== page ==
Labyrinth seals are used in many key sealing locations in gas turbines to control various leakage flows, e.g., to control the secondary air-flow from the compressor (bypassing the combustor), the turbine inter-stage leakages and blade tip leakages. This study was performed to assess the improvement in the performance of a labyrinth seal by using an air-curtain (cross-flow jet(s)) from the stator. Detailed parametric studies were performed to study the effect of the air-curtain jet pressure, location, and the number of jets on the seal performance with respect to the leakage flow. The analysis was done using 2-dimensional axisymmetric CFD simulations.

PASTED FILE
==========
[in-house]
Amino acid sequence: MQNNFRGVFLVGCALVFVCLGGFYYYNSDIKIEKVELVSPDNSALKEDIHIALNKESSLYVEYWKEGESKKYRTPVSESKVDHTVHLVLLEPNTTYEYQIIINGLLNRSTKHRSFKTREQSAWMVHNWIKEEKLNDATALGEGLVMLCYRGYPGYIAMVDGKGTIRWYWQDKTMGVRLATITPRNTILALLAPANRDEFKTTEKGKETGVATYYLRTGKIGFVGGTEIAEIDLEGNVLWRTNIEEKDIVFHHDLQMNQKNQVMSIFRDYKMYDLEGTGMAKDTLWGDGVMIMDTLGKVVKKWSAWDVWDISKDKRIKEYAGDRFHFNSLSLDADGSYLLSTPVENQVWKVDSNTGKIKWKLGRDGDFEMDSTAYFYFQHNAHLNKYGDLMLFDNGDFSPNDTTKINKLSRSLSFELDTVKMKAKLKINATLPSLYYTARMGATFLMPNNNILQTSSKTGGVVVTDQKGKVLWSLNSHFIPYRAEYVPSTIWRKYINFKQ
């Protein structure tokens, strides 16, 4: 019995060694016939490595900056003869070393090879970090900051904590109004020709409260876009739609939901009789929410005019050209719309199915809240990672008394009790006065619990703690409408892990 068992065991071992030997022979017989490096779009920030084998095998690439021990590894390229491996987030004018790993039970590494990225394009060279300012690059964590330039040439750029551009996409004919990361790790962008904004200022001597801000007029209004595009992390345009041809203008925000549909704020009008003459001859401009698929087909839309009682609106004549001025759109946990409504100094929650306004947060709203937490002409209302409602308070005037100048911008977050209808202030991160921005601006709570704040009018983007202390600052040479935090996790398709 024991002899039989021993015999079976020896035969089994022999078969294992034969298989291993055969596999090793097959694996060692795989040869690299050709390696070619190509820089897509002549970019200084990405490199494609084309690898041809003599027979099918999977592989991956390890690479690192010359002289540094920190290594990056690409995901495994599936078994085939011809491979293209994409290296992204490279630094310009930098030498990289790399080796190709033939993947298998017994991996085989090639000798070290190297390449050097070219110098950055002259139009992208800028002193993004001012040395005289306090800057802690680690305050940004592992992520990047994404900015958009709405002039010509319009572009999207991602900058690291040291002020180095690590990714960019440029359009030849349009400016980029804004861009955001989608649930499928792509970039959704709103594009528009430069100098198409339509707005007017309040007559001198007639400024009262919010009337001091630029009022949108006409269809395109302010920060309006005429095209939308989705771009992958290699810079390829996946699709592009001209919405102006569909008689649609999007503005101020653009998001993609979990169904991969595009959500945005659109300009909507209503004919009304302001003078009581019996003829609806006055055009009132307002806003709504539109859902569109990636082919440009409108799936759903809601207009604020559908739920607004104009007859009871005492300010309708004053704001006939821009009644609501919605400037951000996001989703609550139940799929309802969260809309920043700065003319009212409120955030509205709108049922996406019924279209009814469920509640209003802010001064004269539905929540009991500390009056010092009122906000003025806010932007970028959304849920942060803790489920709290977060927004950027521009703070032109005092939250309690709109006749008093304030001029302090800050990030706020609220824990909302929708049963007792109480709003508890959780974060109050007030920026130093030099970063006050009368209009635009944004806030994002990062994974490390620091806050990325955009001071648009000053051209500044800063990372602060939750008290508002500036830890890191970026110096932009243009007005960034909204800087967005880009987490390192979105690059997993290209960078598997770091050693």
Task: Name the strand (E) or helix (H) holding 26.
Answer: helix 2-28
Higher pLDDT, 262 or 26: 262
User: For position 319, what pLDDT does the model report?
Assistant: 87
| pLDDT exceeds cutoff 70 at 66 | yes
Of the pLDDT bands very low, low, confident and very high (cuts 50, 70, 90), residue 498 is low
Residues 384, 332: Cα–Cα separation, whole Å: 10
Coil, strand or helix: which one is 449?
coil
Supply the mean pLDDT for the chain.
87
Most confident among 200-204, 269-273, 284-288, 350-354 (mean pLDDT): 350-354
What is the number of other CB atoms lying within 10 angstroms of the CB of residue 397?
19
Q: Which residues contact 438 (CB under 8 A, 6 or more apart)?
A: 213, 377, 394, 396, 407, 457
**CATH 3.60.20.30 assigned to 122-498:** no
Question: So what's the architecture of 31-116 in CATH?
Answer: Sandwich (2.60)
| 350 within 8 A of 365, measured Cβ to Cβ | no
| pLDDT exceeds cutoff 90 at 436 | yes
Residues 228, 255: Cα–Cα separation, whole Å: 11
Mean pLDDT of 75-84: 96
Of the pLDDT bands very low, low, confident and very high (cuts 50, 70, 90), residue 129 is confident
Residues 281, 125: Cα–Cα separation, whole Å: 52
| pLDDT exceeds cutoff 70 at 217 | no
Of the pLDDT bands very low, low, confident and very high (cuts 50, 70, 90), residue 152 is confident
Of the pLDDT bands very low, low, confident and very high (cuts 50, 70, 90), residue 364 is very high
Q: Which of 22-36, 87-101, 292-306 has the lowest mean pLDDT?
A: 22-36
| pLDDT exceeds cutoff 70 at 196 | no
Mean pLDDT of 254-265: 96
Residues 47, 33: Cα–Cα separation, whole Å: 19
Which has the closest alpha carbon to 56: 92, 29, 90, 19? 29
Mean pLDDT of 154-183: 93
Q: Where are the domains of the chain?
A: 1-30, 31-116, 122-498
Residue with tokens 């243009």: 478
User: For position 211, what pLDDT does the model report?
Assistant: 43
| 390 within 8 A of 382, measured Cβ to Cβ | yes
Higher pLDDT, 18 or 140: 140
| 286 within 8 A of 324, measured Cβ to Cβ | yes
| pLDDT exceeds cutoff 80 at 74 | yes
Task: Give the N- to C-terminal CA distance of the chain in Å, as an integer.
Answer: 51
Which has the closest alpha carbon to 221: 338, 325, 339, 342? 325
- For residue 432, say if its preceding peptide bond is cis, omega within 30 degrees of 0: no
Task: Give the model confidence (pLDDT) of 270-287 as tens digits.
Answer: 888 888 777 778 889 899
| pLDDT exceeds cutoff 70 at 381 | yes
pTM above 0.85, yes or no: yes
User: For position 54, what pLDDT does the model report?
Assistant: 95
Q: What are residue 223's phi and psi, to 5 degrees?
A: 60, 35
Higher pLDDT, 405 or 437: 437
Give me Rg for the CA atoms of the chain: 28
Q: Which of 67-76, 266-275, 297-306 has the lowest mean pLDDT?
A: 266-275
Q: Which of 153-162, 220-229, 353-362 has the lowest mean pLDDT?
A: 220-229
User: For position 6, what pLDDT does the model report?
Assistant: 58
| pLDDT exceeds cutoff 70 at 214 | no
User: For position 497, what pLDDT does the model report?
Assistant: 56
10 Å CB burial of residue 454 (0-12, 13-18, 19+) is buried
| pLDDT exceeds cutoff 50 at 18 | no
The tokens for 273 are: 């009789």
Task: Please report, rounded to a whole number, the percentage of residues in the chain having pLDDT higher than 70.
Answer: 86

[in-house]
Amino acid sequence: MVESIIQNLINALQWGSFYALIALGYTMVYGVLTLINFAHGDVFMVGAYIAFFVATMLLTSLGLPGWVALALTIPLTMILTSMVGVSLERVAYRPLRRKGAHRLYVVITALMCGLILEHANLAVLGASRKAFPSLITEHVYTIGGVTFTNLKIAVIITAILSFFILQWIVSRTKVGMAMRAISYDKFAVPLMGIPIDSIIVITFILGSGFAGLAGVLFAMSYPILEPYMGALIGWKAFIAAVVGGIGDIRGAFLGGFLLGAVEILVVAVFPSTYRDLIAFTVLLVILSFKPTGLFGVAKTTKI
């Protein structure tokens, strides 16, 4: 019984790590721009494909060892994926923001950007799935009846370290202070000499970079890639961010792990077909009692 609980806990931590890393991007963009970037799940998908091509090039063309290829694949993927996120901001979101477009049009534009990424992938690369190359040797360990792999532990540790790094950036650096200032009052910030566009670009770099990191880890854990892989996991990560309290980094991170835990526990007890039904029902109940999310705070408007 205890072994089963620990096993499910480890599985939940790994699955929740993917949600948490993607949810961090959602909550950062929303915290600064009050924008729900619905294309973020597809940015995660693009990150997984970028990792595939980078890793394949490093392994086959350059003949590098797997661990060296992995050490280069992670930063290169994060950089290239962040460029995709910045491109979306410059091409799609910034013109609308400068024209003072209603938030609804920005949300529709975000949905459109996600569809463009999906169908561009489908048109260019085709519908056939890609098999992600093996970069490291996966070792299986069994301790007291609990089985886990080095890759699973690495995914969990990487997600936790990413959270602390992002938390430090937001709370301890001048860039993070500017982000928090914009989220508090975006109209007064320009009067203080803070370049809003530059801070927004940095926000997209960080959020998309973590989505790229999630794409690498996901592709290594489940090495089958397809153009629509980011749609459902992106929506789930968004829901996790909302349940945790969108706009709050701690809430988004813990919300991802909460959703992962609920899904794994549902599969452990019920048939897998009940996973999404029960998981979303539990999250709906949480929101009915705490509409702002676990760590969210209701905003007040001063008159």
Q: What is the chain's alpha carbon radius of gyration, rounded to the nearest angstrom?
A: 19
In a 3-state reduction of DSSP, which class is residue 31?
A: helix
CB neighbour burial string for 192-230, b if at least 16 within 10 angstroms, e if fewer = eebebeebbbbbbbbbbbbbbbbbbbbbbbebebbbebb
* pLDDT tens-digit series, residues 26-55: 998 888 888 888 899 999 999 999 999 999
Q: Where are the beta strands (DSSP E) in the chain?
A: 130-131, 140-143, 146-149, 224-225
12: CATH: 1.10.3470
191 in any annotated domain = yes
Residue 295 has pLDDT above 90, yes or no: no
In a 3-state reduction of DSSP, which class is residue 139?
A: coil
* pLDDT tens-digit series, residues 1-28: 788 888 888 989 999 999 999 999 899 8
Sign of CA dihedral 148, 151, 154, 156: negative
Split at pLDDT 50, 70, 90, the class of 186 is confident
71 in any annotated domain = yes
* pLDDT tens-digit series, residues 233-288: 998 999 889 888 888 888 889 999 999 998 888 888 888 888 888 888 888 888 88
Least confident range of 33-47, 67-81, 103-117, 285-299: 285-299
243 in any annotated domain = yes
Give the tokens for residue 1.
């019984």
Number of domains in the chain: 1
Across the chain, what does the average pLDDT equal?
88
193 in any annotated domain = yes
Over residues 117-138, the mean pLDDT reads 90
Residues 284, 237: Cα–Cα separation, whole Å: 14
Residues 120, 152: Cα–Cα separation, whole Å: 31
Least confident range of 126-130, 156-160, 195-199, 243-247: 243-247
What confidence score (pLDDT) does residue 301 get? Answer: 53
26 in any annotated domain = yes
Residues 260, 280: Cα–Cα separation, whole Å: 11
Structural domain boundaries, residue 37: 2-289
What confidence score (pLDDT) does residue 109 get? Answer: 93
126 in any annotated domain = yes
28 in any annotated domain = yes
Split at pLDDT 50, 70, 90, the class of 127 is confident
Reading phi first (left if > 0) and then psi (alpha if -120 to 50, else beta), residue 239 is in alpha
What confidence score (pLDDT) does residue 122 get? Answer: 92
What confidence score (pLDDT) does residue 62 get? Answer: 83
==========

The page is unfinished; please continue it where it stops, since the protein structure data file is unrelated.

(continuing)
It was found that in the case of a labyrinth seal with a flat stator (without a honeycomb attached to the stator) the air-curtain design can reduce the seal leakage by about 30% over the baseline seal design without air-curtains. This reduction happened because the air-curtain jet deflected the main seal jet away from the seal clearance. A similar conclusion was also obtained in case of a labyrinth seal with a honeycombed stator. Furthermore, our parametric studies with different air-curtain designs parameters implemented over a honeycombed labyrinth seal showed that the air-curtain jet pressure, location, and the number of jets were crucial factors governing the seal leakage. Amongst the air-curtain designs studied, it was found that implementing three air-curtains in the 1st pocket gave the maximum leakage reduction (by about 50%) over the baseline design.

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